The researchers examined 15 sunbird species preserved at the Field Museum in Chicago, heating the specimens under a lamp that mimics sunlight and then measuring the surface temperatures of feathers and the preserved birds’ skin. 

Iridescent feathers heated up more than feathers that had only pigment-based colors, the team found. In breast feathers, for example, iridescent feathers averaged about 74° Celsius at the feather surface after a few minutes of light exposure, where feathers with yellow to red carotenoid pigments reached just over 63° C. This heat transferred to the skin, too, with skin under iridescent feathers growing about 5 degrees C and 8 degrees C hotter than skin under feathers with olive or yellow to red pigments.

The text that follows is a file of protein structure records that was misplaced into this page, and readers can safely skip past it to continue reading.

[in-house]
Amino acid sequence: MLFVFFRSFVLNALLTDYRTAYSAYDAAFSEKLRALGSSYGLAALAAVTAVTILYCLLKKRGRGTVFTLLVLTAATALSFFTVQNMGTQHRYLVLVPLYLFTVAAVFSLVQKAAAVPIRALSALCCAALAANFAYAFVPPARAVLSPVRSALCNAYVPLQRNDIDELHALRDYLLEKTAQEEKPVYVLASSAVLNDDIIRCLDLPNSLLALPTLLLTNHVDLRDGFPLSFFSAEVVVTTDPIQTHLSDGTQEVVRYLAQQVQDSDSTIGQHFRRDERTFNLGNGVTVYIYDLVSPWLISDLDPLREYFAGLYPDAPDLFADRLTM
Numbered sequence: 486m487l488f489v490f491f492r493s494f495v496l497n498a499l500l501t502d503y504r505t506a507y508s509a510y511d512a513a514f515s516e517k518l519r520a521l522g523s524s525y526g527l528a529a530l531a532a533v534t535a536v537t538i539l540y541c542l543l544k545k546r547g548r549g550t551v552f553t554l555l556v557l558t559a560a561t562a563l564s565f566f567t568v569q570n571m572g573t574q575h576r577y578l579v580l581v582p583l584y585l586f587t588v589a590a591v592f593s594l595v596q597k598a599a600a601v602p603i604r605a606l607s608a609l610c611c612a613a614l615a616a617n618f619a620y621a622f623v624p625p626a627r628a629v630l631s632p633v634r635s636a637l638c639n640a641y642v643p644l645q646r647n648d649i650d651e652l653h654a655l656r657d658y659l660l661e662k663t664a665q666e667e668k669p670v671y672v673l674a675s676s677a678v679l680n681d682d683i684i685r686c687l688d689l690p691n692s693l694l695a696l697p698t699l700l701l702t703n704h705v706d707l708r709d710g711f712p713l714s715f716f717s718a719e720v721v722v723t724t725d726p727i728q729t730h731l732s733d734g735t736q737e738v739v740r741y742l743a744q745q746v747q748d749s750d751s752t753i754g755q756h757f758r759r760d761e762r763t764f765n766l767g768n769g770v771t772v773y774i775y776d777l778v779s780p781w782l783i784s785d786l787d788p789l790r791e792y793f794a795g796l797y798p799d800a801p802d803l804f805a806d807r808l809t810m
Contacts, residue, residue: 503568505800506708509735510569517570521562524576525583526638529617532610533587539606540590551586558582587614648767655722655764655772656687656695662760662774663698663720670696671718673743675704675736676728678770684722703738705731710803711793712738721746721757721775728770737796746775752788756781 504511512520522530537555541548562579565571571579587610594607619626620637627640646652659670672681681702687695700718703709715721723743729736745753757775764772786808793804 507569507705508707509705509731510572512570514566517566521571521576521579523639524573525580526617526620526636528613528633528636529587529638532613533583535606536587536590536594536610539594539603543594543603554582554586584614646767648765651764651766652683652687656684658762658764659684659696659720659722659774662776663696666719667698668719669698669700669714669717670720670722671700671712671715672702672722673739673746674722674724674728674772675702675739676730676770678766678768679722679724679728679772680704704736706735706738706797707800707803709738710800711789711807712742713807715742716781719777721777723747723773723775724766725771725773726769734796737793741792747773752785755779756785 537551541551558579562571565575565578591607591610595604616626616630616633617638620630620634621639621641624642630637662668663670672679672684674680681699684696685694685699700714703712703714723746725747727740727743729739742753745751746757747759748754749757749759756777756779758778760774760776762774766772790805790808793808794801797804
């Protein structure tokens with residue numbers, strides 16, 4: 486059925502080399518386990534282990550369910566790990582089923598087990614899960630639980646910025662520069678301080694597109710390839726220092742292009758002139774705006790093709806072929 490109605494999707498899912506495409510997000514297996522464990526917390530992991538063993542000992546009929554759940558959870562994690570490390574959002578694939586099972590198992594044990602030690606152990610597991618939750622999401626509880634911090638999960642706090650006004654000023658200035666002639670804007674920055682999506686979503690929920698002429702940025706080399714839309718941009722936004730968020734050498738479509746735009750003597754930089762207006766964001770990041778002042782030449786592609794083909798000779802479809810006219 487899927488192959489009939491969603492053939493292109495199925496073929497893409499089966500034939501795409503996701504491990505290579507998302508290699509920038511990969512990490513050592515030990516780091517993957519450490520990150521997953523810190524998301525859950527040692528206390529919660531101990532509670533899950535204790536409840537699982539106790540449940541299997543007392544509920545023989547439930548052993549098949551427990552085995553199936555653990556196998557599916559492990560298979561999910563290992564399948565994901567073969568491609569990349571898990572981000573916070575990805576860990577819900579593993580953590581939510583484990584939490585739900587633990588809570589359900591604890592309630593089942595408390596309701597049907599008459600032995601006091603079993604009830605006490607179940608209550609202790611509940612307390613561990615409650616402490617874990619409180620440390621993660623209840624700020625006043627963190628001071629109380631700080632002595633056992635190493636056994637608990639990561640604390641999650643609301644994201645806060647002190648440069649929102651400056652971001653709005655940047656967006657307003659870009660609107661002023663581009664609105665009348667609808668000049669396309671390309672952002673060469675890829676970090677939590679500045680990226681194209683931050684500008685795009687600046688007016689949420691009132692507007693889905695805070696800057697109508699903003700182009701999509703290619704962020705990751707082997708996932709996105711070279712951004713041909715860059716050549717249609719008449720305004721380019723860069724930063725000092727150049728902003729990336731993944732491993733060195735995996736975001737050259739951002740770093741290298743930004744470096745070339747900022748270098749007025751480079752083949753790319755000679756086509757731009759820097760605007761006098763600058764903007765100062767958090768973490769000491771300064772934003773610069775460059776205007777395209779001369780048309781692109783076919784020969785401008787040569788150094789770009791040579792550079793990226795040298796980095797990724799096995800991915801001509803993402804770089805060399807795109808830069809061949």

Light scattering off of microscopic layers of air, the protein keratin and melanin-containing structures called melanosomes creates iridescent feathers’ sheen. But the plentiful melanin also makes the feathers absorb more solar radiation than other lighter-colored, less melanin-rich feathers, Rogalla says, which contributes to heating.

What’s more, high-powered microscopes and heat simulations showed that melanosomes’ arrangement in an iridescent feather⁠ encourages heat absorption. Melanosomes in a dark, noniridescent feather sit relatively disorganized in layers. But the melanosomes in the stacked, microscopic structures that produce iridescence are more organized and densely packed. Iridescent feathers likely heat up more than black feathers because those shimmering plumes have more melanosomes over a given feather area, Rogalla says.